A Binance Singapore user has hit out at the exchange after they refused to comply with his request to withdraw funds from the platform, because he was sending it to a Wasabi wallet. Binance Singapore’s reasoning in the matter acts as a warning that regulations are beginning to hit home in a very real way, and that users should prepare for such intrusive activity on a regular basis.
Not surprised that my transactions are tracked, it’s KYC after all
But I’m very concerned that Binance knew I was sending to wasabi, when all I input was a bc1 address, nothing more pic.twitter.com/T6ePjahESY
— Catxolotl (@bittlecat) December 19, 2019
The user, Catxolotl, tried to withdraw the unspecified amount of BTC from his account, but received a message stating “Withdrawal Suspended due to Risk Management”. Upon enquiring as to what this meant, he was told that a “periodic review” of his account had been undertaken and Binance Singapore had some questions about where he was sending his BTC – all with the aim of helping Binance Singapore “enhance the security and maintenance” of his account.
This was followed by Binance Singapore revealing that they recognized the addresses to which Catxolotl was planning to send his BTC as belonging to Wasabi, which utilizes the CoinJoin mixing feature, a service favored by individuals wishing to disguise the movement of their BTC. Catxolotl described himself as being “very concerned” that Binance Singapore were able to ascertain where he was sending the funds just from a ‘bc1’ address.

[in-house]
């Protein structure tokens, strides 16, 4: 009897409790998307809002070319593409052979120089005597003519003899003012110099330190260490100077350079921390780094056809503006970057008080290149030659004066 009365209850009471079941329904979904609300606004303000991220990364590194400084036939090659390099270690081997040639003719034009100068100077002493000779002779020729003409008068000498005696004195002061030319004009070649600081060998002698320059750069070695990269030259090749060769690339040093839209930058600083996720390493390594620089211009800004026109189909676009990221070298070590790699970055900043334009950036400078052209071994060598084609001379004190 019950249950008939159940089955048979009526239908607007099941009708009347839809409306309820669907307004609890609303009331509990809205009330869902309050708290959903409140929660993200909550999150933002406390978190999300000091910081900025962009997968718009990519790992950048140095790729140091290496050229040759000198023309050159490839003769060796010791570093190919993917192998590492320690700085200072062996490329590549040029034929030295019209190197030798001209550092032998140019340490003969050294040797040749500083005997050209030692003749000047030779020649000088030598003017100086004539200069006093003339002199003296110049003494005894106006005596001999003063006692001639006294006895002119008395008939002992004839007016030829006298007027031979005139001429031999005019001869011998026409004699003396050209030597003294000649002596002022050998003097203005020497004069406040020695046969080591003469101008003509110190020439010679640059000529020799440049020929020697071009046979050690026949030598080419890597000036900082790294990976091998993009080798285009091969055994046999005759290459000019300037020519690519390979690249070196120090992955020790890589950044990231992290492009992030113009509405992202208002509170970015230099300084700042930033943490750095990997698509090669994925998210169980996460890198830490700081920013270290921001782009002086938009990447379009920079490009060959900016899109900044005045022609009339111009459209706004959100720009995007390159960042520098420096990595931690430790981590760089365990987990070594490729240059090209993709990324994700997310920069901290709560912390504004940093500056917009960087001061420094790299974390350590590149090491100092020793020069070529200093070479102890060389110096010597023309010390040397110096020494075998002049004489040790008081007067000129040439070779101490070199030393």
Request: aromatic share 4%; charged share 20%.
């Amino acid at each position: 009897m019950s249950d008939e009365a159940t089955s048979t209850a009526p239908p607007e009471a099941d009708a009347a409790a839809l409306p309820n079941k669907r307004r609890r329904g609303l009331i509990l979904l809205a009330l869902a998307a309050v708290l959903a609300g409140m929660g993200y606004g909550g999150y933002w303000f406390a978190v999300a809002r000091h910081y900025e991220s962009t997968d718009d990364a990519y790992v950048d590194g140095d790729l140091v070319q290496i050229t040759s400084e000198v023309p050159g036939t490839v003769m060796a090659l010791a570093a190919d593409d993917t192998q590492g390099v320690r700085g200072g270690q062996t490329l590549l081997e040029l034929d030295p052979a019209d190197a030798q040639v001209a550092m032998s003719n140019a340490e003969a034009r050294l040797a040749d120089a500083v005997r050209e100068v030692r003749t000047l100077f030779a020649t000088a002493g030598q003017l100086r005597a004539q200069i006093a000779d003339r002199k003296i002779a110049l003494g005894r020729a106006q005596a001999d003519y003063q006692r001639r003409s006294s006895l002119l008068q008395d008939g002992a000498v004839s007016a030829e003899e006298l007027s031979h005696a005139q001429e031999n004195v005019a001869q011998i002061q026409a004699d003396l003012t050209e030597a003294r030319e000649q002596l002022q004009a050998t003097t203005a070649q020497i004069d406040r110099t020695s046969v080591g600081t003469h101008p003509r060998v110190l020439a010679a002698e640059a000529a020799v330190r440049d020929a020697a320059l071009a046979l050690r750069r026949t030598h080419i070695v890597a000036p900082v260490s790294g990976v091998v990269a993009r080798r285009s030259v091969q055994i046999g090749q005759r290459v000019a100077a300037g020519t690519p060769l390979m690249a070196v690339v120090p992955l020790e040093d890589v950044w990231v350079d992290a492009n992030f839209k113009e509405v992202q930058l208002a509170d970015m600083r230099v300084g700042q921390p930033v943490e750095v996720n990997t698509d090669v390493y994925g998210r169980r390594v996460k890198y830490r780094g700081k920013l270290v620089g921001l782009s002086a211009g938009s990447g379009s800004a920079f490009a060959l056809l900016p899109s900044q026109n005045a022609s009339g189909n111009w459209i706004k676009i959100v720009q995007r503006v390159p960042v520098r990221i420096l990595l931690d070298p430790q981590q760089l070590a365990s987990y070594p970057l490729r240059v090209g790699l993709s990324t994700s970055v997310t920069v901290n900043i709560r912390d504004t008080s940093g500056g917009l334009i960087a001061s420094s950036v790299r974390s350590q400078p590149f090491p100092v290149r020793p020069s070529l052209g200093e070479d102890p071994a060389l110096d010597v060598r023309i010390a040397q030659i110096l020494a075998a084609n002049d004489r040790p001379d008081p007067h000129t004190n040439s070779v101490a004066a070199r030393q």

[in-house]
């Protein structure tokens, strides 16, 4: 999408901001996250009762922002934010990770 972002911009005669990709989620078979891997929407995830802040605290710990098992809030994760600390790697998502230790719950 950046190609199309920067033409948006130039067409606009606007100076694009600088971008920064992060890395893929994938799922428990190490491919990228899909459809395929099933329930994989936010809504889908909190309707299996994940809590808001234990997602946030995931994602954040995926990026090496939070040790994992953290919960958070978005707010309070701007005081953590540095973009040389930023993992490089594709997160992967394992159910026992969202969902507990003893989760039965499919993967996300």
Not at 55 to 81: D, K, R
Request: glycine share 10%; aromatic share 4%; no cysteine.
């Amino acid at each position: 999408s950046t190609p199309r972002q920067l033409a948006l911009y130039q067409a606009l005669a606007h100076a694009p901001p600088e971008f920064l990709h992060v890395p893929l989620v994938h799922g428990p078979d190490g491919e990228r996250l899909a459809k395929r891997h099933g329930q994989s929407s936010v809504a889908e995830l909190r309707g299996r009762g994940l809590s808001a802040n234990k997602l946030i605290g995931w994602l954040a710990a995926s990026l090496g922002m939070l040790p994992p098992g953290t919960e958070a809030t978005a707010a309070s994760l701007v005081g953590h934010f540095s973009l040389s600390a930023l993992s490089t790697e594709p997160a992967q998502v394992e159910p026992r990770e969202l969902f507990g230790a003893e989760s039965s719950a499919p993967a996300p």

We’ll Ask the Questions
Binance Singapore followed this with a number of intrusive questions regarding Catxolotl’s intended use of the Wasabi service, as well as asking for his current occupation and average income. Catxolotl replied with the required information, stating that the request for such information was “disappointing”, but that it was “understandable” for a KYC exchange. However, he refused to send over some supporting documents as requested, citing the Binance hack in May as a reason why he didn’t want them holding more information on him.
In response to this, Binance Singapore issued a 72-hour access block, stating that they do not tolerate “any transactions directly and indirectly [connected] with gambling, P2P, and especially darknet/mixer sites.”
The First of Many
Binance’s actions are representative of a move by crypto entities to comply with ever-increasing AML/KYC regulations, although as Catxolotl points out in a further email, which actual regulation they are following in requesting the information they did is not specified.
Catxolotl’s experience should act as a notice that maintaining privacy while using the more ‘established’ infrastructure in the space is going to get harder and harder as regulations get tighter and tighter. Big Brother is watching.